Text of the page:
Statistics from protests held in Portugal are also another curious matter for the current Portuguese government. it seems that the “official” number of protesters is given by the real number of protesters divided by two. Also, if too many people come to protest, police squads are sent to the city perimeter to prevent more people of entering the city to protest. No doubt, this government has a distorted sense of democracy.
Now, who is this minister? Maria de Lurdes Rodrigues, also known as “LULU”, has been a perfect example of how you should govern if you are living in a dictatorship. I remember that when she visited a school, students threw some eggs at her car, and a few weeks later she sent some men to interrogate the students (!). 
This video shows her in one of these school visits. You can see that some students are protesting and she answers back in a very immature tone:


Friday, May 29, 2009

Sense of perspective


I work at this factory where i am (theoretically) a software engineer and also responsible for managing energy efficiency. Today, the boss was out, so i decided to go and help out some of the factory technicians. Mingling with other people in the work place is, what i have come to believe, a good thing in the sense that we gain each other's trust and most important thing of all, i like to show them that we are all equally important members in the factory. Portuguese hierarchy in the work place is something i do not appreciate, mostly because there are few factory managers who really care about discussing employee’s ideas on improving the work place, or any other work related subject.Helping out factory technicians is really nice, they show me how to fix a certain machine and latter on, we talk about solving the problem, as equals. They complained a lot about excessive bureaucracy which leads to inefficiency at work. This is not uncommon, because as i had explained to them, i already had said the same thing to the factory manager and had made some proposals on how to improve the work environment and reduce the use of paper, to which he laughed and answered that working without paper is science fiction.Many portuguese people hate bureaucracy, but when it comes to the real thing, few are those who actually want to make a change.

This may have two possible explanations: Either a portuguese ancestor accidentally ate a piece of paper, liked it (a lot), and it stayed somewhat engraved in his genetic code, passing on from generation to generation to present days, or, portuguese have a somewhat suspicious nature about one another and require some form of paper certificate to prove you are telling them the truth.Consequence: excessive documentation and a bunch of useless information nobody will ever use or be capable of process.

Thursday, May 28, 2009

Dolce Vita



Recently a new shopping mall opened in Amadora, near Lisbon. If you don't know already, a good percentage of portuguese people love shopping malls. Going to a shopping mall on a Sunday it's almost a national sport. Anyway, this shopping mall is supposed to be the biggest shopping mall in Portugal, with the most advanced security  systems and a "super police station". Unfortunately, Amadora is a problematic city due to the high crime rate. Apparently, a few days ago a large group of teenagers and young men decided to go "shopping" in the first opening days. They "shopped" for a wide screen plasma TV, brand clothes and also a cash register machine (probably someone who was thinking of starting their own business). They were stopped by no one. As usual, the police squad arrived late on the scene of the crime.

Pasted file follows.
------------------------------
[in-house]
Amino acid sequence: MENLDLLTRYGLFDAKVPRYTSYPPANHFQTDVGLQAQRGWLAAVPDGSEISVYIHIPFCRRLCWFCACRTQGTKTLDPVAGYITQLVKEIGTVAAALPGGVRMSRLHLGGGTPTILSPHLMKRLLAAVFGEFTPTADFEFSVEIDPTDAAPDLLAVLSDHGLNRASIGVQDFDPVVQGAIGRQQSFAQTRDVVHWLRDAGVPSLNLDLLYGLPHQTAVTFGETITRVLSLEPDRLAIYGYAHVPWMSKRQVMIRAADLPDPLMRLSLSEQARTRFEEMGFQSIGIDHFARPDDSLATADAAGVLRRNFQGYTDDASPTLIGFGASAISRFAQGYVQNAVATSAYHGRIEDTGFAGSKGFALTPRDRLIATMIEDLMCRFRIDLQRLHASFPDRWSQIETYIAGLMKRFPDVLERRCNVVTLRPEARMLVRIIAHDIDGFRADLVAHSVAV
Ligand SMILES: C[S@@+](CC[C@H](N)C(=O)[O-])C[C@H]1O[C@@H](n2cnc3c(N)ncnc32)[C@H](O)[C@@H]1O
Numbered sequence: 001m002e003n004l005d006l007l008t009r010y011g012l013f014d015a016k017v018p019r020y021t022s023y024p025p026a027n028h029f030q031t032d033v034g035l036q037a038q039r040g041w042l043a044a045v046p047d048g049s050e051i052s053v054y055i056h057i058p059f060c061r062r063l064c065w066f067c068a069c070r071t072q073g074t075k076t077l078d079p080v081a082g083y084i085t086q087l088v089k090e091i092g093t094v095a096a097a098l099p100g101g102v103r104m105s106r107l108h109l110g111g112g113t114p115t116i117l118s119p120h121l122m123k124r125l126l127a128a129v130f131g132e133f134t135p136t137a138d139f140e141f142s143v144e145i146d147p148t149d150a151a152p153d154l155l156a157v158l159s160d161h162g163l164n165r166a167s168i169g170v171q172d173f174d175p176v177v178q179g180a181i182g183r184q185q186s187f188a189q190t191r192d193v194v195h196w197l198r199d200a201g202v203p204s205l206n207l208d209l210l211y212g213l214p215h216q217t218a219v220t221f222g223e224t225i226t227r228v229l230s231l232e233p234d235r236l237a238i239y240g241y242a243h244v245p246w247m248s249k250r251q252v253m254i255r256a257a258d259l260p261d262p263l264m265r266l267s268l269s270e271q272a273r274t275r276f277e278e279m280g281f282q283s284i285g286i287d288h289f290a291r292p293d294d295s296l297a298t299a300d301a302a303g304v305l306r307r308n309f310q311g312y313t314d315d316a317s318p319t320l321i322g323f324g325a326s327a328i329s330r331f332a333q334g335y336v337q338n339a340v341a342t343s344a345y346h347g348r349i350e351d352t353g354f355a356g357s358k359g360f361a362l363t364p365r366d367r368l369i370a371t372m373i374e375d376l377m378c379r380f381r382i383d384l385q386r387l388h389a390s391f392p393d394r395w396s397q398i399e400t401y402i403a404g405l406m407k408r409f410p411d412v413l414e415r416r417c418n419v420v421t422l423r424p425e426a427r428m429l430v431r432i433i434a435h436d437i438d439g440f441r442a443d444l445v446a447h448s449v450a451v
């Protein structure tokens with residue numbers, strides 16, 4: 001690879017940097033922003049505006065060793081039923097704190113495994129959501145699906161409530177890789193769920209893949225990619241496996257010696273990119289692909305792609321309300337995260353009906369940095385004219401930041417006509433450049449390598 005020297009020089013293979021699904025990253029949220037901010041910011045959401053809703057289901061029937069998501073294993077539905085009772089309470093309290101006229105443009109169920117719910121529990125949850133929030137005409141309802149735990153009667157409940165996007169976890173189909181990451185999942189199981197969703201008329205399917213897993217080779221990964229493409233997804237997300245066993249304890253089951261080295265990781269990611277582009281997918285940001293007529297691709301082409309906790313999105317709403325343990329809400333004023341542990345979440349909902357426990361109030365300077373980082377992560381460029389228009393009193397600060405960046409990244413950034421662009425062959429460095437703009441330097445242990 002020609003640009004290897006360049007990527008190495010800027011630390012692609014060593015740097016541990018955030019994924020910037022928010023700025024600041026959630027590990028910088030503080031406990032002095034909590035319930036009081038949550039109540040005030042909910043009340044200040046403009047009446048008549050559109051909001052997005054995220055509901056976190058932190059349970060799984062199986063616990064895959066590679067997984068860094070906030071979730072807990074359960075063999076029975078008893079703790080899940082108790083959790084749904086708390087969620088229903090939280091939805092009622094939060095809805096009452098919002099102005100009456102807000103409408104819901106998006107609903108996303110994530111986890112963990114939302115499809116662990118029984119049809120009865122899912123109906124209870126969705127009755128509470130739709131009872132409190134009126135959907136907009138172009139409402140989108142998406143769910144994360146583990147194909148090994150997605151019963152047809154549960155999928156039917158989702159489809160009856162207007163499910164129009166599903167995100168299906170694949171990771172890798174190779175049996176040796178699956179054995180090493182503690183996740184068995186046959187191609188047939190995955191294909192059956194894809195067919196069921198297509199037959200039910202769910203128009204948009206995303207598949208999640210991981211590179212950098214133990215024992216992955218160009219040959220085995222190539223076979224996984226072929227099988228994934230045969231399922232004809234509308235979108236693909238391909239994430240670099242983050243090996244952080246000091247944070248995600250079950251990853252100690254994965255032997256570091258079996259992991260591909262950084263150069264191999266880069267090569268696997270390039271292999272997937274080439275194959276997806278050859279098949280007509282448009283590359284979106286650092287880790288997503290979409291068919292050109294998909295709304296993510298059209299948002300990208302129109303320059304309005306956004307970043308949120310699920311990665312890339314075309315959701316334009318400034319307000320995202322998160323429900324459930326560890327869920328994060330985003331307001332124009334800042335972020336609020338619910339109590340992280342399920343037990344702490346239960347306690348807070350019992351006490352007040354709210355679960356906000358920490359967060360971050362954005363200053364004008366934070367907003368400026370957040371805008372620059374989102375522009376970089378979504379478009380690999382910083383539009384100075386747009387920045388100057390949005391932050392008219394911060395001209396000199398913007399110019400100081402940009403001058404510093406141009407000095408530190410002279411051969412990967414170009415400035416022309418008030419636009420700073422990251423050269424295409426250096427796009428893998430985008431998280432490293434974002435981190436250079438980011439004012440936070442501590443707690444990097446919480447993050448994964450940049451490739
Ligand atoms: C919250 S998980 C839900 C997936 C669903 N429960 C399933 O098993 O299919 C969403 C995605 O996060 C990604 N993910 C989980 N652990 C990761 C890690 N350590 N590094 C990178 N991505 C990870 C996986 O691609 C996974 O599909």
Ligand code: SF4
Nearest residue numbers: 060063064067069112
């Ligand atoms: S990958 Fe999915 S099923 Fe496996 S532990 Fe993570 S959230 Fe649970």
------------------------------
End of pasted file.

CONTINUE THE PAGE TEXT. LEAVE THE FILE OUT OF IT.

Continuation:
It is curious that a society allows these acts to go unpunished. So many people, poor or not, work honestly their way into life and others refuse to take an honest job and prefer stealing instead of working. These same people are financed by the government with large amounts of money, and are even given houses to live in, for free. Others have to spend at least 40 years working to pay the house loan to the bank.

Giving free housing to poor people is a noble act, but so it is the one of providing proper education and a sense of citizenship. Perhaps in this way more people living in some regions of Amadora could learn to prioritize their need for a plasma TV.


Wednesday, May 27, 2009

The beginning

Here it goes, my first post. 

As you might have guessed, i'm planning to go to Norway, i am just trying to work my way into getting enough money for my personal adventure.

Why Norway? Well, i think it is a great country to live in, the closest thing to a civilized and democratic country that exists. So, in the next months i will try to post some of my experiences in Portugal and talk about my expectations about Norway.

Ha det bra! (Have it well!)